37. marginalised: To relegate or confine to a lower or outer limit or edge, as of social standing.
38. marginalised groups
39. Millimurra: surname
40. Moore River: place in WA where the aboriginals were taught to be like white people
41. motif : objects in the play as motifs -ie something that becomes like a symbol and carries with it, has embedded in it certain other meanings and associations. The dogs are made to become emblems of this aboriginal family's togetherness / connectedness / need for each other: A recurrent thematic element in an artistic or literary work
42. naturalised: S a revisionist text (Jack Davis revises the previous white man's version - the only version available - of WA history ): planted so as to give an effect of wild growth; "drifts of naturalized daffodils"
43. Nyoongar: type of aboriginal
44. Oombulgarri (or Ooombulgurri)
45. oppression: the act of oppressing; arbitrary and cruel exercise of power: ÒThere can be no really pervasive system of oppression... without the consent of the oppressedÓ
46. paralanguage (means non-verbal language)
47. pompous tone
48. position readers
49. positions the audience to respond
50. powerless: Lacking strength or power; helpless and totally ineffectual
51. priveliged: A special advantage, immunity, permission, right, or benefit granted to or enjoyed by an individual, class, or caste
52. protagonist: The main character in a drama or other literary work. In ancient Greek drama, the first actor to engage in dialogue with the chorus, in later dramas playing the main character and some minor characters as well.
53. antagonist: One who opposes and contends against another; an adversary. The principal character in opposition to the protagonist or hero of a narrative or drama.
54. racial / sexual discrimination: The belief that race accounts for differences in human character or ability and that a particular race is superior to others.
55. rebellious: Resisting treatment or control; unruly
56. reinforcing the stautus quo:
57. representations of class, race, gender
58. repressed: To hold back by an act of volition: couldn't repress a smirk.
59. To put down by force, usually before total control has been lost; quell: repress a rebellion.
60. segregation: The act or process of segregating or the condition of being segregated. The policy or practice of separating people of different races, classes, or ethnic groups, as in schools, housing, and public or commercial facilities, especially as a form of discrimination.
to believe that you are more important then others
stereotyped characters / attitudesA conventional, formulaic, and oversimplified conception, opinion, or image. One that is regarded as embodying or conforming to a set image or type.
62. silenced: The condition or quality of being or keeping still and silent. The absence of sound; stillness.
63. socially superior: to have higher status in society
64. symbolic use of setting: to use the actual place, time and sets as a symbol to present meaninG
65. tone : haughty ; arrogant; colloquial; bombastic / inflated/ self-important; educated;condescending; To give a particular tone or inflection to.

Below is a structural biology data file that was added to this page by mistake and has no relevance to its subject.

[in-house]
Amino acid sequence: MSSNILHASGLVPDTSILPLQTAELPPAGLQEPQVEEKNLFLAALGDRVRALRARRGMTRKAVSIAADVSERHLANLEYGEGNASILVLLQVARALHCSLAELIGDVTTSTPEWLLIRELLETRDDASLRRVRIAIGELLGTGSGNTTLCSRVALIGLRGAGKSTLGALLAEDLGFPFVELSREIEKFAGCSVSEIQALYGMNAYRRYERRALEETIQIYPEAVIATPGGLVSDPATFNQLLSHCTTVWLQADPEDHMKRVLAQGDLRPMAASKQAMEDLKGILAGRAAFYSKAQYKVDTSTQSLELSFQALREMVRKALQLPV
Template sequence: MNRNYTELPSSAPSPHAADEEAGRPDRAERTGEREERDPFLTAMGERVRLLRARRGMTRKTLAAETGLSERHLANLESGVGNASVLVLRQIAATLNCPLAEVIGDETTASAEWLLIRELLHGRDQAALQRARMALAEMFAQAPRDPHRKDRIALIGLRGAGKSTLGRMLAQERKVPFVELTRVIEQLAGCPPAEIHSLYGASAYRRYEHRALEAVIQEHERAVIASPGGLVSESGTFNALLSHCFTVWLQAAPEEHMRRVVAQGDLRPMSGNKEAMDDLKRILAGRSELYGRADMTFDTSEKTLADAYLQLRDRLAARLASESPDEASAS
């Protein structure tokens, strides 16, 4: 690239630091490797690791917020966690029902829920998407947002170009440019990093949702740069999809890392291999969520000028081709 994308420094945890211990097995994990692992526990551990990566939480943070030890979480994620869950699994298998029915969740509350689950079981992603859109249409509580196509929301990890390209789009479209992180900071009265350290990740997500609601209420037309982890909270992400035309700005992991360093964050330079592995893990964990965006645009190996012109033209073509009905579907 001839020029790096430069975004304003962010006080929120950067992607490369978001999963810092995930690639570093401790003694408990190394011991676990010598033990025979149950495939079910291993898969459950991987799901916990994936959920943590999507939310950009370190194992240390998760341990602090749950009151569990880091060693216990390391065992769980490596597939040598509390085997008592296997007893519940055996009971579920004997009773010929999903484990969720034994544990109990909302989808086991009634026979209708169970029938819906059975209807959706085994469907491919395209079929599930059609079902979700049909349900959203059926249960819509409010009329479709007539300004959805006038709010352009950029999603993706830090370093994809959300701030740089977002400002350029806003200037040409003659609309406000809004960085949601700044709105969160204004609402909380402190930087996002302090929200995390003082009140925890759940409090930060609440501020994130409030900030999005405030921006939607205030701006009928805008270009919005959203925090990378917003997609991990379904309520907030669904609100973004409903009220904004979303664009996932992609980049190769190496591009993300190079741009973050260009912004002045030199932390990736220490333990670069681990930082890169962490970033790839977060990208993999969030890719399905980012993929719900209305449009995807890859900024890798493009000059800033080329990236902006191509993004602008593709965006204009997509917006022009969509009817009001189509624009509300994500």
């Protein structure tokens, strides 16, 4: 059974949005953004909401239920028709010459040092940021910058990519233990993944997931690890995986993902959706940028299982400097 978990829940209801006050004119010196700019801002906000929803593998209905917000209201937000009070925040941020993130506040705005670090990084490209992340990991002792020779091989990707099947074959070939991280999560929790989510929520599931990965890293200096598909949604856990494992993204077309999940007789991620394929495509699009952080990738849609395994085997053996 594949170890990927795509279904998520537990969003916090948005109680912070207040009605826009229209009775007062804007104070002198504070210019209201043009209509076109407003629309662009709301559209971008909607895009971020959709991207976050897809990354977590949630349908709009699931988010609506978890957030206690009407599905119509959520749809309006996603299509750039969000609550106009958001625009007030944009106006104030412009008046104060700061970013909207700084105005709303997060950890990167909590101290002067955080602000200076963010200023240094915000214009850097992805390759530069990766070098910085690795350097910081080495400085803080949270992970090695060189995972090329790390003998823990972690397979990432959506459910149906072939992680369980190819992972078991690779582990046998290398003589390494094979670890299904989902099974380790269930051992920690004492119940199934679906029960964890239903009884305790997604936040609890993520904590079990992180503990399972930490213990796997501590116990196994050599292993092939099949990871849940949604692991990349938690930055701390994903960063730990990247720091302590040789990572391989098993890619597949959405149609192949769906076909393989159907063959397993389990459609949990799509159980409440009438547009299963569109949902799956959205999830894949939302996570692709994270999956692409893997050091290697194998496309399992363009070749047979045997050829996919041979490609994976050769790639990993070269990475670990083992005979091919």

66. traditional aboriginal society: family structure ect
67. traditional practices and beliefs: things people used to do
68. truncated speech: cut short speech
69. underpriveliged: People who are not respected in society
70. Verbal and non-verbal language. Expressed in spoken rather than written words; oral,
71. verbal and non-vernal language / techniques: techniques used to create meaning
72. vernacular: The standard native language of a country or locality. The everyday language spoken by a people as distinguished from the literary language.
73. weapon of resistance: what people use to resist oppression, in this case its humour
74. wetjalas: white person
75. white oppression: the marginaliation of a different race by white people. Generally the removal of land and basic rights
76. Setting: To put in a specified position;
77. Character: The combination of qualities or features that distinguishes one person, group, or thing from another.
78. stage directions: the body language and movements around the stage the actors must do
79. costumes: what the actors where when they are in charecter
80. props: objects used in the play
83. sound effects: ah sound used to create meaning
84. lighting: lights used to create meaning
85. music: melediolic sound that is used to create atmosphear
86. exposition: beginning of the play/story
87. climax: point of maximum tension
88. resolution: the wind down after the climax the ending
89. symbolism: the use of symbols to show a theme or an idea
90. use of space: ability of the director to used the stage to its greatest pontential
Aims: intentions and purposes of the text/ author
Instruct: giving orders/ telling people what they should do.
Explain: elaborate, clarify.
Convince: change someoneÕs opinions or reinforce them
Reveal/Arouse Awareness: Expose and explore issues
Warn: tell people something is wrong, look out!
Entertain: amusing, engaging
Purpose: reason for writing the text
Engage: grabs attention, want more.
Response: way we feel, think, react to something
Shaping: constructing response in order to engage.
Language: style of the words used by the author
Figurative Language: vivid, evocative, using figures of speech
Imagery: Comparisons, creating mental images using words.
Metaphor: Comparison without using like or as.
Similes: Comparison using like or as
Connotative/Emotive Language: Words packed with associated meaning
Descriptive Language: Creates vivid scene and atmosphere.
Dialogue: What someone says
Colloquial Language: common society language, Slang,